Tempest, LSC, and Marxist Unity were the organized groups on the side for discipline, engaging in the debates, chronicling the chapter calls for expulsion, and participating as members in chapter discussions where they existed. The inverse of the SMC-bloc, these groups were not invested in electoralism and could dive in collectively. The activity in DSA pushing for discipline was far beyond the reach of any of these groups and was largely unexpected – no group can claim that they “made this happen”.
Where does this leave us? In the immediate aftermath, the decision not to expel Bowman has tarnished DSA’s reputation as a principled ally of the Palestinian struggle. Undoubtedly, Bowman’s Green New Deal in Schools legislation that DSA is prioritizing played a significant role in the leadership’s calculations.
In the moment of truth, the NPC decided it to place the needs of a politician above the organization’s principles–in this case saying that you cannot continue to be a member if you actively vote for $4 billion for ethnic cleansing, participate in a propaganda tour, then, while there’s outrage in your socialist organization, go do a town hall with the very same Zionist PR firm. Words have no meaning if this is what “unwavering support” for the Palestinian solidarity movement looks like.
The NPC’s statement is as much an assurance to other “DSA electeds” as it is a message to the membership. The irony is that this will permanently relegate DSA to the position of junior partner in the eyes of these politicians – there is no reason to take any demand from DSA seriously if you can depend on the organization’s support as you flagrantly violate its positions.
In the process, there’s a shift in what it means to be a member. Bowman can be “in DSA” despite actively working against DSA’s stated values because he is a star member. Any public official, trade union leader, or high-profile commentator in DSA’s orbit have a different set of standards applied to them because of the perceived benefit they have for the organization. It is OK for Bowman to vote for arming an apartheid state, or for AOC to increase border militarization, because they are important. When criticism is levied, that same understanding of their unequal weight is not applied, and they’re simply “members”. (Bowman of course never addressed his fellow DSA members throughout the crisis – he worked through private meetings with leaders and depended on them to handle the situation on his behalf.)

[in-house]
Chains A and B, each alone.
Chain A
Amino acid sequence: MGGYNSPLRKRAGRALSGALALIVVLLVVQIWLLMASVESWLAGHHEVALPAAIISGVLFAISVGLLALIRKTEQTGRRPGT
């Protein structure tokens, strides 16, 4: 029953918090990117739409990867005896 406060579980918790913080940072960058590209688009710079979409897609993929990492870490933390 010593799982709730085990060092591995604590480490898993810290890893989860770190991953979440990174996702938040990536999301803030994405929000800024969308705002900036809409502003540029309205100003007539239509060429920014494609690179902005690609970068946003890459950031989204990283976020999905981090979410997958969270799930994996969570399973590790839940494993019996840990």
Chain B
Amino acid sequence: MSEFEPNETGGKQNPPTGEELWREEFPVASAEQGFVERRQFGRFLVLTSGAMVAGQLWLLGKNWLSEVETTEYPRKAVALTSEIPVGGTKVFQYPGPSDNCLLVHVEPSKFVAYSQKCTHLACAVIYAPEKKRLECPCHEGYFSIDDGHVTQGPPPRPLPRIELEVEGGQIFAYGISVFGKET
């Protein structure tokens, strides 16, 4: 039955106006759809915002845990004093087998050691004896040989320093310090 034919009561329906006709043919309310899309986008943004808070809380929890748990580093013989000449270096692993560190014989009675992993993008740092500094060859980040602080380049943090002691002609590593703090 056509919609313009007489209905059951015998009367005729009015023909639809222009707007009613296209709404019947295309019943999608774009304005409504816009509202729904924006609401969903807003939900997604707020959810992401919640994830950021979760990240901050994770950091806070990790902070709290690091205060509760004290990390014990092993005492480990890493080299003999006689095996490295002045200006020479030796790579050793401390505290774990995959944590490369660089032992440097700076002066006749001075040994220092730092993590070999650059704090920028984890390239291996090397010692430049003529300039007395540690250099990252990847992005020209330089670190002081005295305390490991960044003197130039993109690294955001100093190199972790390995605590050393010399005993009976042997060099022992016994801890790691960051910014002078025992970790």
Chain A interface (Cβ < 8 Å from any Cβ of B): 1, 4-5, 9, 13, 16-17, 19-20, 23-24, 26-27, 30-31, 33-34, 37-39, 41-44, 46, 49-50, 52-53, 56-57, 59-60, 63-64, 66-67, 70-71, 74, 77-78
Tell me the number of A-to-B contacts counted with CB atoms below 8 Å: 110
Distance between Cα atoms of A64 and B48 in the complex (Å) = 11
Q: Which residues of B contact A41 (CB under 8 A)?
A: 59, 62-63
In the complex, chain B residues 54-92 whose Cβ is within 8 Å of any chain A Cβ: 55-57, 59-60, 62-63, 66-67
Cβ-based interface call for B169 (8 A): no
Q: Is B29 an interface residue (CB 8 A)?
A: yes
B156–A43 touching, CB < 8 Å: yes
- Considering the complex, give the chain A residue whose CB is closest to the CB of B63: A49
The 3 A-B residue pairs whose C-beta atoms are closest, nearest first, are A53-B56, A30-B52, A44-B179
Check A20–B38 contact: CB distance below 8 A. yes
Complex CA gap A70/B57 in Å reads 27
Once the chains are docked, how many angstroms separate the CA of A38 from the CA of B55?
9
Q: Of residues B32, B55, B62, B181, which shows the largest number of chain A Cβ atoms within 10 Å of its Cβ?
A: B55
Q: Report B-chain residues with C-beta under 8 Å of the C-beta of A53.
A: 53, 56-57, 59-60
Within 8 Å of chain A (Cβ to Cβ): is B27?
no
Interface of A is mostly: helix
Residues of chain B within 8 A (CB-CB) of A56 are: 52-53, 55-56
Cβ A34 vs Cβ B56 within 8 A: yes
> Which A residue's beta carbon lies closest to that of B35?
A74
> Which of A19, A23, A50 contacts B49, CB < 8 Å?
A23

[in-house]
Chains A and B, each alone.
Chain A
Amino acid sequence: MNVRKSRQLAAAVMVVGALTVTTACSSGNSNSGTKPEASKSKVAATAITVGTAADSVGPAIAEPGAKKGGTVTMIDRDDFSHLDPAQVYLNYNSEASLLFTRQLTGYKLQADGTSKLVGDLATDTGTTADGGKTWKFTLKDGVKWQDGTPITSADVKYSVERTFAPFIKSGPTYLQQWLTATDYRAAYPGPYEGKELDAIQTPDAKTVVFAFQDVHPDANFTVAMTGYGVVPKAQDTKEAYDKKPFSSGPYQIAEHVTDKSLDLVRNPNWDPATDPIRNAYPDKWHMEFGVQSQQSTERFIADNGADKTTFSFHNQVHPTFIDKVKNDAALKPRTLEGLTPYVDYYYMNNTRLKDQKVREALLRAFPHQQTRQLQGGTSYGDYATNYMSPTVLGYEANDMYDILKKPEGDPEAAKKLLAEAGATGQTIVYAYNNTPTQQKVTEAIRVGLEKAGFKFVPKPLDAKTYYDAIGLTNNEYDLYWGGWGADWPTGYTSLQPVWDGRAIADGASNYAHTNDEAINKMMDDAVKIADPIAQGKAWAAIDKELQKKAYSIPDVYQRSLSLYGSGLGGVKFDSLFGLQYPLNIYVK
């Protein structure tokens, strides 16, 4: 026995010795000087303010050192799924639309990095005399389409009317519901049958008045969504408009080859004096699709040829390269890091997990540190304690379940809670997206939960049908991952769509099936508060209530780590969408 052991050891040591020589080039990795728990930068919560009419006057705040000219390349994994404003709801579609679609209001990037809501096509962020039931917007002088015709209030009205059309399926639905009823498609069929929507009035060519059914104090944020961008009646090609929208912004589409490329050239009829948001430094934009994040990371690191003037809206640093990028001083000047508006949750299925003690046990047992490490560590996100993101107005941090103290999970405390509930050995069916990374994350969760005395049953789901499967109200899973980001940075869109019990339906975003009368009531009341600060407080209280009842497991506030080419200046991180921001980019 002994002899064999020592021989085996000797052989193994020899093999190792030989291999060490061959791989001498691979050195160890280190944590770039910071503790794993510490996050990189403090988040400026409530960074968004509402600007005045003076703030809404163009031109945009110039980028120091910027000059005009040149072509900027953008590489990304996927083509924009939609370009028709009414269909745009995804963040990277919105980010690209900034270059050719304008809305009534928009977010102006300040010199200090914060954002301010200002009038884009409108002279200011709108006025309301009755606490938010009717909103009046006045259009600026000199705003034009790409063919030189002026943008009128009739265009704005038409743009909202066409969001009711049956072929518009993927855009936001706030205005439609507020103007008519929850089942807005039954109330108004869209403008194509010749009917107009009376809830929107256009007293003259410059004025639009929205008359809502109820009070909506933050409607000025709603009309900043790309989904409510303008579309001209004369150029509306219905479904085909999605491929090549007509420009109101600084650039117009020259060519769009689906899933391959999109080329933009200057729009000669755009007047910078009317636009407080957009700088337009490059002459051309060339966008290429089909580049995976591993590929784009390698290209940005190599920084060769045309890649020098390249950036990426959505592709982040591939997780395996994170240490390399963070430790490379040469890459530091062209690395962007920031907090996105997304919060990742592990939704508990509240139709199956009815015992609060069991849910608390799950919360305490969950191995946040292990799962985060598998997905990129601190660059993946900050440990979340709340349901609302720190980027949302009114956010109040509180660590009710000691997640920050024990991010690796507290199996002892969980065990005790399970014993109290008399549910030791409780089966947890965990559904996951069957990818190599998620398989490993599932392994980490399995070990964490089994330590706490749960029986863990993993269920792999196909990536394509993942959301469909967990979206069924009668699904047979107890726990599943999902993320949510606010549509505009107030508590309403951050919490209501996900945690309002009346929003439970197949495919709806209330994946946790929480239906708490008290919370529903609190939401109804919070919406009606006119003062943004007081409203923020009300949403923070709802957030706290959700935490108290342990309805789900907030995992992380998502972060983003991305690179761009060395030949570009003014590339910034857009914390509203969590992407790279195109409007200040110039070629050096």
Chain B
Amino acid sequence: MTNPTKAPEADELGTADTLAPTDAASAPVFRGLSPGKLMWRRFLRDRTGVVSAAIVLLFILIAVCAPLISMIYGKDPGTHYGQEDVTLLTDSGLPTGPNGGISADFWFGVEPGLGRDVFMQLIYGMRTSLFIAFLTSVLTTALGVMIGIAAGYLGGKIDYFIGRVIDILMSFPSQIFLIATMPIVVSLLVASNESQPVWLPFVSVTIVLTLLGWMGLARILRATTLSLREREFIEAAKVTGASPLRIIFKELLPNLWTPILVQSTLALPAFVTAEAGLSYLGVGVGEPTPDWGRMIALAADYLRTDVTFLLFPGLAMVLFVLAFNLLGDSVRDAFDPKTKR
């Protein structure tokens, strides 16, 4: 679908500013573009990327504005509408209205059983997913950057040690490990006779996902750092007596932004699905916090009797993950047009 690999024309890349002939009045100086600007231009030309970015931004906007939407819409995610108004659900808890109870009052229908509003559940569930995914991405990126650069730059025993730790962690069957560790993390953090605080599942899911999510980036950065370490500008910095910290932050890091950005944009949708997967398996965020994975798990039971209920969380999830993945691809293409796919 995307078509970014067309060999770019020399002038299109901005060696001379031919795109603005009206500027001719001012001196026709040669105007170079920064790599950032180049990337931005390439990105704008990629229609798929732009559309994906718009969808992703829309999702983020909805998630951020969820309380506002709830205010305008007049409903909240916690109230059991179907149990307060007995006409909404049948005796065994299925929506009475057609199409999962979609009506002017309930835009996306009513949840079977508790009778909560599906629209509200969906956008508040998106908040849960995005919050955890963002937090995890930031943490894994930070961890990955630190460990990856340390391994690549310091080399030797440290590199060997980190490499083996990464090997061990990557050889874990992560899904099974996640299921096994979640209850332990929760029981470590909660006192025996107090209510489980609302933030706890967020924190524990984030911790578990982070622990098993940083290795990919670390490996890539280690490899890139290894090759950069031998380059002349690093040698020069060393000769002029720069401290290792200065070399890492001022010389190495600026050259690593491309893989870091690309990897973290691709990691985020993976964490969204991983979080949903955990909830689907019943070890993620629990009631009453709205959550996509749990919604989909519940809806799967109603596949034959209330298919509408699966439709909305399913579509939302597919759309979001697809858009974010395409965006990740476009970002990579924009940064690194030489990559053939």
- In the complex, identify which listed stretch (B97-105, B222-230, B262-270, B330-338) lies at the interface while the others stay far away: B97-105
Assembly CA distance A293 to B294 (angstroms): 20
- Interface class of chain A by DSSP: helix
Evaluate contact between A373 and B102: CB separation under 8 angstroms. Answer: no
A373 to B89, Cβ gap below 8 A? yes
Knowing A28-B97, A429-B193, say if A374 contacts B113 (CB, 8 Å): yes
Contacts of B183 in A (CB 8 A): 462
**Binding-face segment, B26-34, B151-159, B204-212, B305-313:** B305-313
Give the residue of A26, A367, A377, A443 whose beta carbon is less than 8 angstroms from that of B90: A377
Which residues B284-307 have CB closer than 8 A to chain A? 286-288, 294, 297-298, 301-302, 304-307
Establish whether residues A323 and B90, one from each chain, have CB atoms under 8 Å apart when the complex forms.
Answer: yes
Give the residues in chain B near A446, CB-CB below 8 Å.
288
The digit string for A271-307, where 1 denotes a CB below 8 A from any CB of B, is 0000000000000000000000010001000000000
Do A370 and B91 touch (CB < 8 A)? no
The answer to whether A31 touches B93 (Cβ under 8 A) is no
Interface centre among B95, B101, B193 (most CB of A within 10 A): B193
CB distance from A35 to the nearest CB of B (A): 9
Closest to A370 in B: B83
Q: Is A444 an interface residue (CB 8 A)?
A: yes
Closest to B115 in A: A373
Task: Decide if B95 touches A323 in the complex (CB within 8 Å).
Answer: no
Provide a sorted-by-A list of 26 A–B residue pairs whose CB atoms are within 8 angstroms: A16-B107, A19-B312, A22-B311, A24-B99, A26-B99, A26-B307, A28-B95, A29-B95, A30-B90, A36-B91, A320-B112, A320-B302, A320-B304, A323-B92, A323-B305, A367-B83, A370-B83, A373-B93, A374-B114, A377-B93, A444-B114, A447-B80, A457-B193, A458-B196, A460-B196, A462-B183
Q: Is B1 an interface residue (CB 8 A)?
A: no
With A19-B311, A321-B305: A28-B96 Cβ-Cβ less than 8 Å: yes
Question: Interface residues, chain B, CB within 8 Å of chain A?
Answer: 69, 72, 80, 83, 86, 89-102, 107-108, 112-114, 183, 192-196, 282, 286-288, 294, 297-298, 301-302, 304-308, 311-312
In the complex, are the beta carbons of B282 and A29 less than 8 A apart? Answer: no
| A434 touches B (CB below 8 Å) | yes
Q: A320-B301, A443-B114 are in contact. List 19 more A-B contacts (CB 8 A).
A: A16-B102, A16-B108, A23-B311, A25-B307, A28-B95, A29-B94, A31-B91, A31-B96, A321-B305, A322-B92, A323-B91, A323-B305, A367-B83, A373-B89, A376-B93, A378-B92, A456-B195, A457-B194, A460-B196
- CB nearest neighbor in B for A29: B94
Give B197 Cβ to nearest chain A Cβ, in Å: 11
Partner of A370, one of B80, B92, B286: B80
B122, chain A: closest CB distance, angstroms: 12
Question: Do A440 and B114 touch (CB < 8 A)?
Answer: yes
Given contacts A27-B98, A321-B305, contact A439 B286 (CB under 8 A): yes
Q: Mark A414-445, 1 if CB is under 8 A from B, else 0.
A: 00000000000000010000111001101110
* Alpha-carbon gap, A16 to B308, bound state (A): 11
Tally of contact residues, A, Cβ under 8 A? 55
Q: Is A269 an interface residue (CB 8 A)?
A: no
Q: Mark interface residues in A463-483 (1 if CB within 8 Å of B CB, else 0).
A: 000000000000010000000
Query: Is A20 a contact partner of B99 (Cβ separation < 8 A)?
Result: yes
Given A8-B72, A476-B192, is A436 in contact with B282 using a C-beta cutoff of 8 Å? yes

For all the discussion of people being against expulsion as a political “purge”, many of these same people who cried bloody murder over the notion of removing Bowman from DSA demanded that Socialist Alternative members be expelled from DSA. It’s not a categorical rejection of expulsions (DSA expels people all the time), but the parameters of who is a valuable member is slanted towards “important people” and away from those deemed too far left.
The NPC has spoken and they will not expel Bowman. There is no other mechanism to force this issue. But let’s be real: the only reason there was discussion and debate is because it was forced by a wide layer of members who said this is too far. That is an important development in the life of DSA. We can register our dissent on the NPC’s decision and point out the democratic issues, but this episode is now over. Rather than continuing to litigate expulsion, we should not lose focus on what matters here: Palestine. Let this be an opportunity to fuel solidarity and BDS, and to focus that effort on the state.
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Andrew Sernatinger is a labor activist and member of DSA in Madison, Wisconsin. He is a member of the Tempest Collective and has written for New Politics, International Viewpoint , Jacobin, and .